Barriers to Women's Career Advancement in the New Zealand Hospitality Industry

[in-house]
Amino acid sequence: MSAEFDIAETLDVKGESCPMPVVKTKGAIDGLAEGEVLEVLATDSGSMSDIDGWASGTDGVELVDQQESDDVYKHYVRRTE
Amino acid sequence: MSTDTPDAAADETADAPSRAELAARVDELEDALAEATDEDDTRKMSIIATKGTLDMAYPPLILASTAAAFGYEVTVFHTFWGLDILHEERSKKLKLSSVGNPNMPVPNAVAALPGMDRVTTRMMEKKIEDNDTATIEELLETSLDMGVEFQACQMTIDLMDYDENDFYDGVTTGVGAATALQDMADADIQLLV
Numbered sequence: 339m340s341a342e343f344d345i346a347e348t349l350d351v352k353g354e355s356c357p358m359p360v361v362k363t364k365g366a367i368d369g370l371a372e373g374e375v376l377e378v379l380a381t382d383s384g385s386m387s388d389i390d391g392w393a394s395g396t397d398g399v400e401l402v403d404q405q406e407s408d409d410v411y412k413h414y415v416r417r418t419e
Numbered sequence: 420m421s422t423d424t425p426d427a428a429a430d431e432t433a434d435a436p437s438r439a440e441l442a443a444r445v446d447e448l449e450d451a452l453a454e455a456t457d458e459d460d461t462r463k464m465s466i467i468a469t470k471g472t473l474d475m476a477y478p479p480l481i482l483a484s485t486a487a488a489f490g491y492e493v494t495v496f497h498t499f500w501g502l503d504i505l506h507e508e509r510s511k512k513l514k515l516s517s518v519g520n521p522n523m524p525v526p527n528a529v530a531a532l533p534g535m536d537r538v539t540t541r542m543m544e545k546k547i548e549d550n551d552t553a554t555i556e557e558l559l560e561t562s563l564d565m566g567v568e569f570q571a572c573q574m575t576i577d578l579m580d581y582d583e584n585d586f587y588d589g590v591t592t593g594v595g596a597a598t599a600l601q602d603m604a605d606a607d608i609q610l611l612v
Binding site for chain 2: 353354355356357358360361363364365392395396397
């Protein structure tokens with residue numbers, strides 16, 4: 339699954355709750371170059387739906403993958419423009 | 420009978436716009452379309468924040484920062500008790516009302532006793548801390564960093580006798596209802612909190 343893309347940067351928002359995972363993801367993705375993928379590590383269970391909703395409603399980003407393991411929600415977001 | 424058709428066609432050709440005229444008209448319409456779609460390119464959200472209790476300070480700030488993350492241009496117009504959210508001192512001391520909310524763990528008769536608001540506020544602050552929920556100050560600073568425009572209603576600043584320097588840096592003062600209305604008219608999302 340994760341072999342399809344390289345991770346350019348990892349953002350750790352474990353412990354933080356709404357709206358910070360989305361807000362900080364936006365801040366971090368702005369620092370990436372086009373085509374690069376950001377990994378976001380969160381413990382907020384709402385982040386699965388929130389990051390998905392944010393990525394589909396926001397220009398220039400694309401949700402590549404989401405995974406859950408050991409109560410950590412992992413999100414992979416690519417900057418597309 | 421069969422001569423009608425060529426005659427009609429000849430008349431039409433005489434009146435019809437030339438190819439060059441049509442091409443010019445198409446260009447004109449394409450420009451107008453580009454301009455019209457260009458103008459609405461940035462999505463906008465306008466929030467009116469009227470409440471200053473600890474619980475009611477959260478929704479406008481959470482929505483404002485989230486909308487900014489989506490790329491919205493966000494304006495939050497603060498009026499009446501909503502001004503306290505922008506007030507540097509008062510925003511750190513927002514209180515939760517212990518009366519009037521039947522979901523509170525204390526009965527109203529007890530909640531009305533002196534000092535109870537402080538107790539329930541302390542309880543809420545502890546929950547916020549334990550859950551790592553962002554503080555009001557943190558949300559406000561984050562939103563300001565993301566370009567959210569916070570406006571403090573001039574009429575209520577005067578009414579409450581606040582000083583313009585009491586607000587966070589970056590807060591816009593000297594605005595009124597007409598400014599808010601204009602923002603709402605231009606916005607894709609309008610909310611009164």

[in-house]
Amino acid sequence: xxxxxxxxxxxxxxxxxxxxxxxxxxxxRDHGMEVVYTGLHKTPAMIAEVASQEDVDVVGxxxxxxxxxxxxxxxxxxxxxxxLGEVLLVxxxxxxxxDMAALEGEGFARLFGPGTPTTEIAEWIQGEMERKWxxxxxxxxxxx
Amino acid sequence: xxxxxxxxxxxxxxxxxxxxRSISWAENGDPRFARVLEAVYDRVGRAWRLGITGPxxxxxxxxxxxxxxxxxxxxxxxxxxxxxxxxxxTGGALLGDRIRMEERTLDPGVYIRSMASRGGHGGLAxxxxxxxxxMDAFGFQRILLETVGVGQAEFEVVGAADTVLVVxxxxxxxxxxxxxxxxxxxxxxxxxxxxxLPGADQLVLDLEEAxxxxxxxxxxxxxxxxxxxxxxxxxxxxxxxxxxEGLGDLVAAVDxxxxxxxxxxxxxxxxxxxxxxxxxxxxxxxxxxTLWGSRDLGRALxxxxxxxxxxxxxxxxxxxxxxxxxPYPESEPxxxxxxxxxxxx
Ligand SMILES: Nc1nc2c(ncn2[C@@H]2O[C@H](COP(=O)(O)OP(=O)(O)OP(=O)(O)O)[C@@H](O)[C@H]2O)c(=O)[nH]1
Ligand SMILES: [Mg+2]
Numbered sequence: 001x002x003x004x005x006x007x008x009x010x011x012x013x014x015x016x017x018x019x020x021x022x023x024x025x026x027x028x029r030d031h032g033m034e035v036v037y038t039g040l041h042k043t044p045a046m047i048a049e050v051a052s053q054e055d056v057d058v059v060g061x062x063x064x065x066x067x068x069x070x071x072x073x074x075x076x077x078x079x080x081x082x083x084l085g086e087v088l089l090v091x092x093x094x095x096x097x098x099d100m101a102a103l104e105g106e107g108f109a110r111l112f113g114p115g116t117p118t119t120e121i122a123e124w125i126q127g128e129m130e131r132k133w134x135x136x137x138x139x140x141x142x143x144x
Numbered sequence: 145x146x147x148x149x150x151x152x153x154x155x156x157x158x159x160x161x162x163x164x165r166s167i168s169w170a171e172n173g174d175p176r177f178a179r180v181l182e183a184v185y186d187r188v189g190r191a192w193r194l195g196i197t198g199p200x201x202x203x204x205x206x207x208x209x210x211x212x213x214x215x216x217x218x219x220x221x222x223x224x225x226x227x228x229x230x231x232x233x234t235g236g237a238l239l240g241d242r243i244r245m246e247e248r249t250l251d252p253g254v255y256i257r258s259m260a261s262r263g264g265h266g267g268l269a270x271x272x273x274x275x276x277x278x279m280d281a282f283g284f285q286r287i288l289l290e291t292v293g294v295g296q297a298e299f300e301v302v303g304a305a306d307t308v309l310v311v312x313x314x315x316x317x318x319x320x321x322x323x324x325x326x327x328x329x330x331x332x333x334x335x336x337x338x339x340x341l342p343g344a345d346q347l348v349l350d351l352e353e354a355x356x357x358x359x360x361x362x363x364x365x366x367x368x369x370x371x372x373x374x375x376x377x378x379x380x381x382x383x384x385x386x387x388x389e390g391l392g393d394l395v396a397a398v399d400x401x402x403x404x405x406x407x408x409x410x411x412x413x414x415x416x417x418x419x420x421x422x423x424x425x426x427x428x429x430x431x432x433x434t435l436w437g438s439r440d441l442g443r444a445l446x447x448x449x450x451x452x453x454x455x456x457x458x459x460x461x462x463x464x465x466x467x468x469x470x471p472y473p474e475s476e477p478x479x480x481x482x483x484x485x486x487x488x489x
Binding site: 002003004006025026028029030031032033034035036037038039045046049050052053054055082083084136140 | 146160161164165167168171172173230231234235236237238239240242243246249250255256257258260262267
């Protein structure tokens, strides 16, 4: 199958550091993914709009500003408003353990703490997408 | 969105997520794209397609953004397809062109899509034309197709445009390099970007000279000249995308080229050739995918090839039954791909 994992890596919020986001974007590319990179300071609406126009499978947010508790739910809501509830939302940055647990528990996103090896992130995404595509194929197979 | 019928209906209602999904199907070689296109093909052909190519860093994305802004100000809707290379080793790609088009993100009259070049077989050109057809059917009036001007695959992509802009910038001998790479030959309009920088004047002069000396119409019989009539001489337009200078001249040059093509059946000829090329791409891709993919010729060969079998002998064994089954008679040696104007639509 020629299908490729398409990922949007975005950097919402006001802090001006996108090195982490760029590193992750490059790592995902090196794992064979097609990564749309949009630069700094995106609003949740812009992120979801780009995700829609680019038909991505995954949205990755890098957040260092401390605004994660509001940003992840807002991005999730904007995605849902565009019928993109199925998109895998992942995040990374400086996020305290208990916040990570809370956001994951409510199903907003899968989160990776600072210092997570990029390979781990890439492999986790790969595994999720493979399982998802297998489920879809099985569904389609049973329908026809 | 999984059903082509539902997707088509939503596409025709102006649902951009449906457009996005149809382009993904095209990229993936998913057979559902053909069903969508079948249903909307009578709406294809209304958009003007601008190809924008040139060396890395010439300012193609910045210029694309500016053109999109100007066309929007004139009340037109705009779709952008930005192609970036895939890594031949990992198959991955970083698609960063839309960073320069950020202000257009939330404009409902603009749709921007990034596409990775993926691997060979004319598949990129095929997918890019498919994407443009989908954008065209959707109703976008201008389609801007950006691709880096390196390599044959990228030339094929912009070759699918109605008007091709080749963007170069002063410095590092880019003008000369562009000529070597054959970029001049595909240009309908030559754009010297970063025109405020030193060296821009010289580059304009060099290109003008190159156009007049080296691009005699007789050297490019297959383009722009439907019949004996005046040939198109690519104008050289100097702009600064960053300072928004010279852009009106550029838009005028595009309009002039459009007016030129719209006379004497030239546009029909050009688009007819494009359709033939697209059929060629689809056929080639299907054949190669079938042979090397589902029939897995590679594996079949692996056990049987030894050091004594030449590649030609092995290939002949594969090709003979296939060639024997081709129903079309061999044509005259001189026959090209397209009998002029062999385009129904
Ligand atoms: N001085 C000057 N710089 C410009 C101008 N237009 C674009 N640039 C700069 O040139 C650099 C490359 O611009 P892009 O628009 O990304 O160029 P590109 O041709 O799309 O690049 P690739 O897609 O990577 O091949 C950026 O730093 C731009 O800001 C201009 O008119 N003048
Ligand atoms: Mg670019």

The glass ceiling effect is a widely researched phenomenon that highlights the multi-layered barriers to women’s exclusion in senior management positions internationally. Traditionally, research has focused on evidence for the deficit in women’s promotion in predominately corporate spheres with minimal inclusion of service sectors. The following research will address a key literature gap in the context of New Zealand, with an analysis of the glass ceiling barriers for career women in the hospitality industry. The qualitative study utilised a postmodern feminist lens and included 13 semi-structured interviews with current female duty managers in the localised Wellington, NZ region. The study found that the glass ceiling effect was maintained for female managers through the production of misogynistic cultures, gender-stereotyping, and old boys’ networks that functioned on intersectional levels. Obstacles were produced through customers, industry norms, and organisational practices that minimised participants ability to perform general operations, garner promotions, or access support in detrimental circumstances. The research concludes that women’s professional development is hindered due to the interplay of workplace structures, broader socio-cultural beliefs, and resistance to female leadership. Based on the findings, recommendations for further emphasis on equitable and ethical industry practices are outlined to address the glass ceiling effect, thereby increasing employee investment and retention.